“I heard from one woman who was in line at the grocery store,” Price said, sharing one of many stories of the people touched by these cards. “The girl in front of her had baby formula and couldn’t pay for it. The woman paid for it and, gave her a card, and the girl got hysterical.”
This girl, so the story goes, brought her benefactor out to her car to meet her 80-year-old grandmother. There, dressed in their finest, were a grandmother and a pair of twin babies in the backseat. Through tears, the girl said how the twins had been triplets.
“The third child had just died of SIDS,” said Price. “They were leaving the funeral.”
The stories are endless of these cards spreading hope and joy. One of the first cards Price gave out wound its way around town, helping a little girl attend a month of tumbling classes that her mother couldn’t afford. When Price paid for an order behind her at Starbucks, the recipient tracked her down to thank her and let her know she’d paid it forward.
The movement has a home on Facebook, at PayingItForwardForVivienne. Price created the page 20 days after Vivienne died, figuring that a few family and friends might join her in this movement. “At last count, 1,557 people had joined the page.”In addition to the cards, Price issues a Vivienne challenge every weekend. “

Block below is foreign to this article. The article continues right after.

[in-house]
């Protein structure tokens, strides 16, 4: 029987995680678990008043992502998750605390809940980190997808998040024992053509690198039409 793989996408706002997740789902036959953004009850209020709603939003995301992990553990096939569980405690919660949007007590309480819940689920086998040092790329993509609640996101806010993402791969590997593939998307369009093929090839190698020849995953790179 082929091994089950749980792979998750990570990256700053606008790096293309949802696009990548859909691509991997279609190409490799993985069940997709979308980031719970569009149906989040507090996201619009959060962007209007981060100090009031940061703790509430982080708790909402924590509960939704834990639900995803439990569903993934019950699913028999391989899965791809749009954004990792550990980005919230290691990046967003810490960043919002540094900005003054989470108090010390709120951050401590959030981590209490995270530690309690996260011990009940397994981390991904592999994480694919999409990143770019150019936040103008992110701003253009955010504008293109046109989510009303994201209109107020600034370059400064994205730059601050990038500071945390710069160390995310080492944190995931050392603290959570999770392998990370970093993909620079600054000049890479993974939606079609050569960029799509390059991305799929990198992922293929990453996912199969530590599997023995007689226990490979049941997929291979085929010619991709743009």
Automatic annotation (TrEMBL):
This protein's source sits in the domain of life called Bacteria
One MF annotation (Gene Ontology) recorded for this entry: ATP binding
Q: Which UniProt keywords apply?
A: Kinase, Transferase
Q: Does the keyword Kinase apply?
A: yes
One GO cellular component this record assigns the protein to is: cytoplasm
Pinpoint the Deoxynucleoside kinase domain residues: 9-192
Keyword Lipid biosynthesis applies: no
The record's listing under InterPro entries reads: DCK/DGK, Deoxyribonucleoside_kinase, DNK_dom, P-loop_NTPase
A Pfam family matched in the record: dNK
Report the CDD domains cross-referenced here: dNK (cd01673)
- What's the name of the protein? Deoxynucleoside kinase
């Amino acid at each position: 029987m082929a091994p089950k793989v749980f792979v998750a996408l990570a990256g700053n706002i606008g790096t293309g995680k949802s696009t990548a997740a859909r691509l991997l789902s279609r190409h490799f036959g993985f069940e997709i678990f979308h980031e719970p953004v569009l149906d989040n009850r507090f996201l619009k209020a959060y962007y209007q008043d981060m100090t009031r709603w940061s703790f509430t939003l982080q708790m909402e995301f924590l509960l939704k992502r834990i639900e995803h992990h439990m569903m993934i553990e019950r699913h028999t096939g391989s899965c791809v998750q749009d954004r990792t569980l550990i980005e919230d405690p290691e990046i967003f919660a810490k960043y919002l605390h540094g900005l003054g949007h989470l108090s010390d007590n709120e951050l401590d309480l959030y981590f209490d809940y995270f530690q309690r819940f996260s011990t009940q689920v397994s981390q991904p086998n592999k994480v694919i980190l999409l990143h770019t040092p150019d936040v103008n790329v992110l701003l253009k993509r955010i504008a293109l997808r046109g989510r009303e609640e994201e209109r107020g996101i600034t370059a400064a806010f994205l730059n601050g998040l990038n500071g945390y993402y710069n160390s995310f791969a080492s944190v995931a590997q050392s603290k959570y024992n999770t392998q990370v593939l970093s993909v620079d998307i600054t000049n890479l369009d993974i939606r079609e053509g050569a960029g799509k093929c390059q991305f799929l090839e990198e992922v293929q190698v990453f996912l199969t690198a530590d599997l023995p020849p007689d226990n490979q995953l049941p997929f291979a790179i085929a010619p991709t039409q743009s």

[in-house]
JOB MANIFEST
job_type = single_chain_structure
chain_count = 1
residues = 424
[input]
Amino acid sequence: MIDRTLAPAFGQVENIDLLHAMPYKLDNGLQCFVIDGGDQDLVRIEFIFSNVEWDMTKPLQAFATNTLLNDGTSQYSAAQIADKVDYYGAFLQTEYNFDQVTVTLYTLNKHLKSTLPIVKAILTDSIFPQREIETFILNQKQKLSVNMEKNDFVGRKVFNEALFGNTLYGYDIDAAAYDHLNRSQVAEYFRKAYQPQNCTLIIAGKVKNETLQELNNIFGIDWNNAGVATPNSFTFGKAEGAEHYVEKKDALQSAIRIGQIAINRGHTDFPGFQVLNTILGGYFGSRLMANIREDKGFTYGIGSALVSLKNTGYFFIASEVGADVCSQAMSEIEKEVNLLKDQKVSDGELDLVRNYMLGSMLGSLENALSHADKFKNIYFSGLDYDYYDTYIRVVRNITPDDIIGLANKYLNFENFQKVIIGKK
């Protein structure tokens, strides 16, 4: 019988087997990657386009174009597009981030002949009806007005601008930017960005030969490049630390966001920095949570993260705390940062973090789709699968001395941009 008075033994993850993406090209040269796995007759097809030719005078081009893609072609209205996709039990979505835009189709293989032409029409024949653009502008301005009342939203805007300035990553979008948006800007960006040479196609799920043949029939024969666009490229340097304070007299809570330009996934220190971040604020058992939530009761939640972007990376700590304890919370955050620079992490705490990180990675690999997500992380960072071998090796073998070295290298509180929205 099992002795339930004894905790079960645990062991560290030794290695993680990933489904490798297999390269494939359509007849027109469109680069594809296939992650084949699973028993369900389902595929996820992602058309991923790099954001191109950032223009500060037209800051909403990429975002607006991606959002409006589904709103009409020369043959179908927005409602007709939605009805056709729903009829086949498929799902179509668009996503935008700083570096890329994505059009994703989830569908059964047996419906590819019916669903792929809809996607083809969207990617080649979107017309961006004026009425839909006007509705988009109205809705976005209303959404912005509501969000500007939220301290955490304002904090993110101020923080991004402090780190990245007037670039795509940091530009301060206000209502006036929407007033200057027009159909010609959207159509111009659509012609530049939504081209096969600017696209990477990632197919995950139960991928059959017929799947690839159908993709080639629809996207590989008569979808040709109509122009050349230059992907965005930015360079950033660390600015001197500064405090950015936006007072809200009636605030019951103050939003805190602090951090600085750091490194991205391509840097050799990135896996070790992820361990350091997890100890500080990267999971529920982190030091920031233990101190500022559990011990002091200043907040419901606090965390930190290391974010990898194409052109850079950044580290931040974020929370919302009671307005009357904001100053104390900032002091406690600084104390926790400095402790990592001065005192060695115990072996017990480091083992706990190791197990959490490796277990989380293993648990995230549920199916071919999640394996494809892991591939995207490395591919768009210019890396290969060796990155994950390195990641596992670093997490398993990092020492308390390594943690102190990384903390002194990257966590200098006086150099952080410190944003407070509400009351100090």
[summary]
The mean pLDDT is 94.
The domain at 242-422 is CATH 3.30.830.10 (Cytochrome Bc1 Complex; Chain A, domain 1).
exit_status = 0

I’m challenging people to live in the moment, to get out of their schedule,” said Price. “Go on a picnic. Go to the beach. Go to the park. Have your kids help you make fun finger foods.”
Some of these challenges are more proactive in helping. As Vivienne was an organ donor, Price asked everyone to sign up. Other challenges range from donating school supplies to helping stock up local animal shelters for winter.
It’s a simple thing, to take a moment of your day to do something better. Too often we forget to do it. But in memory of her daughter, and the brief joy she brought to so many, Price is making sure that we never forget to pay it forward.
Visit facebook.com/PayingItForwardForVivienne or simply pass that card along when it comes to you. The world will be a better place for your kindness.
20 ways to ... PAY IT FORWARD
- Pay for the person behind you at the drive-thru
- Donate goods to charity
- Donate blood
- Volunteer at a nursing home
- Welcome new neighbors with a housewarming gift
- Let someone check out before you at the supermarket
- Send a friend an unexpected gift
- Bring in breakfast for the office
- Offer your parking space in a crowded lot
- Make a care package for a member of the military
- Provide roadside assistance to someone in need
- Give someone short on change that extra dime
- Offer someone your seat
- When someone drops something, pick it up
- Pick up litter you see on the beach
- Teach someone a skill that you’ve mastered
- Offer to take a picture for tourists
- Pay the toll for the vehicle behind you
- Add change to an expired meter
- Give your neighbor produce from your garden